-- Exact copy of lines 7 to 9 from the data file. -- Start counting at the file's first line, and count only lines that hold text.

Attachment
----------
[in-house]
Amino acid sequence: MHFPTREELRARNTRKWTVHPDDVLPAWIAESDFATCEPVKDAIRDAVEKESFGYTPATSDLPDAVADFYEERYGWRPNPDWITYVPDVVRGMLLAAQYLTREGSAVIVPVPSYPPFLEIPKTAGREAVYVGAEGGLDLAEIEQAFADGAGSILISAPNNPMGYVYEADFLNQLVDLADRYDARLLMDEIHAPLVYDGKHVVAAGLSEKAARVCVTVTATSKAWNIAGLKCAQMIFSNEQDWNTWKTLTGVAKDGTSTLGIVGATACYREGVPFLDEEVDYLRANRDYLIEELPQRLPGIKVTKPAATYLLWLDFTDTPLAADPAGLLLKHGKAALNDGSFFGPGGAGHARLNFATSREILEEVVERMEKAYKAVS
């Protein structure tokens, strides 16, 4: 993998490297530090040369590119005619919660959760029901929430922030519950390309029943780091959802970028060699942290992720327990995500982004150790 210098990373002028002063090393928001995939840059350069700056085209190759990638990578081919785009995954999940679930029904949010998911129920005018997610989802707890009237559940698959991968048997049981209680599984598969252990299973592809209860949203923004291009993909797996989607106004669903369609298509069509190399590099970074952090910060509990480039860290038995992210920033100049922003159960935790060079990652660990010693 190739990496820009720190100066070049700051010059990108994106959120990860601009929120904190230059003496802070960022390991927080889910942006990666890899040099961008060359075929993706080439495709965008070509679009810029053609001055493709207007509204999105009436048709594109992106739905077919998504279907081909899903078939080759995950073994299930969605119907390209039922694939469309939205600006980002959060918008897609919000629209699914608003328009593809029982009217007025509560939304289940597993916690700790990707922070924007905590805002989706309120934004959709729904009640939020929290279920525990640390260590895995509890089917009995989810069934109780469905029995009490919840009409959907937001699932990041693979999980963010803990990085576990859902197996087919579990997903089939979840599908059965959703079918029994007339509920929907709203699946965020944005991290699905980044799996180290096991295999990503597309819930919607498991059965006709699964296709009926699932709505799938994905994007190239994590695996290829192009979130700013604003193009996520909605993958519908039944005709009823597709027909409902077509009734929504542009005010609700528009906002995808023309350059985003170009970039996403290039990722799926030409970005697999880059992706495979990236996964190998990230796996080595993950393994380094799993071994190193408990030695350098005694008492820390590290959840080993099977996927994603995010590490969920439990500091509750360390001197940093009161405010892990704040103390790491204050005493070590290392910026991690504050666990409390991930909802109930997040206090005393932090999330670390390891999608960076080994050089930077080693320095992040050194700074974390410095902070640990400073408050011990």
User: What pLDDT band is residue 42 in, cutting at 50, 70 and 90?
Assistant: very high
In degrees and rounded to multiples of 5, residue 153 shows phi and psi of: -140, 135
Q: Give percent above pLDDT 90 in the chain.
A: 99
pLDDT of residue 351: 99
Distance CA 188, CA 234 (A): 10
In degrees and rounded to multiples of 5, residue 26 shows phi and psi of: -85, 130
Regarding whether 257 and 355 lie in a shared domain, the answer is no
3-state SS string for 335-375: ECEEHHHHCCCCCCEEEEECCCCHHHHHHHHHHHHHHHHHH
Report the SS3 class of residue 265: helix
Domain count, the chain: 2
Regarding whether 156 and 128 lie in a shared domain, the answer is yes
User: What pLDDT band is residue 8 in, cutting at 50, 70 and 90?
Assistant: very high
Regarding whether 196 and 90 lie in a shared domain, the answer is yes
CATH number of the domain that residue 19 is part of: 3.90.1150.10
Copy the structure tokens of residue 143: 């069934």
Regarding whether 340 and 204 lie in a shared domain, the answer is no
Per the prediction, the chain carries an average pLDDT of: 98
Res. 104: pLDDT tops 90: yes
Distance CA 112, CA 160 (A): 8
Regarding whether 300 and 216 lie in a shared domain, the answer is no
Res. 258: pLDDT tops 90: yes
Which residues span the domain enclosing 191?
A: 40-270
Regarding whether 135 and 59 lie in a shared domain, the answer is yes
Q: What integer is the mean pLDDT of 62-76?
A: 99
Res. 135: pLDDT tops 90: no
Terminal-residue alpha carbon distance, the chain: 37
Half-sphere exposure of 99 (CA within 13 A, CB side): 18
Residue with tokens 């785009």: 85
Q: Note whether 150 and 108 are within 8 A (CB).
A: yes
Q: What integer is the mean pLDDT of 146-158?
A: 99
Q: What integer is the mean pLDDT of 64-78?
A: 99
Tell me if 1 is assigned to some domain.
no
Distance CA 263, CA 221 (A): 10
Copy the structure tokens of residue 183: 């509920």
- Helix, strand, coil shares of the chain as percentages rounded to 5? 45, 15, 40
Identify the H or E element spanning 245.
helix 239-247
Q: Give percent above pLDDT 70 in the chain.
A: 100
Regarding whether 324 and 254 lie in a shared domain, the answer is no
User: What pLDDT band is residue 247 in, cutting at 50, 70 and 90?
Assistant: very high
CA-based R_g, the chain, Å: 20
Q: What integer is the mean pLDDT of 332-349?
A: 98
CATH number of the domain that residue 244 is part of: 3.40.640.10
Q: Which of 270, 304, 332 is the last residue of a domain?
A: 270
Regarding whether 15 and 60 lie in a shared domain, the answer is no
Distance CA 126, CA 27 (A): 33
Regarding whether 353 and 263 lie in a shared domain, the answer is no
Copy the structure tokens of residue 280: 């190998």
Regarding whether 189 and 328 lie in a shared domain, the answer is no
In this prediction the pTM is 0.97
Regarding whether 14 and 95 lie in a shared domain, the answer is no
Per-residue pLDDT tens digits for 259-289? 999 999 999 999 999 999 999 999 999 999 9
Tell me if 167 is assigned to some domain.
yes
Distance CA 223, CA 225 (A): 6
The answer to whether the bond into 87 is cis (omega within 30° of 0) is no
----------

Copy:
Q: Give percent above pLDDT 90 in the chain.
A: 99
pLDDT of residue 351: 99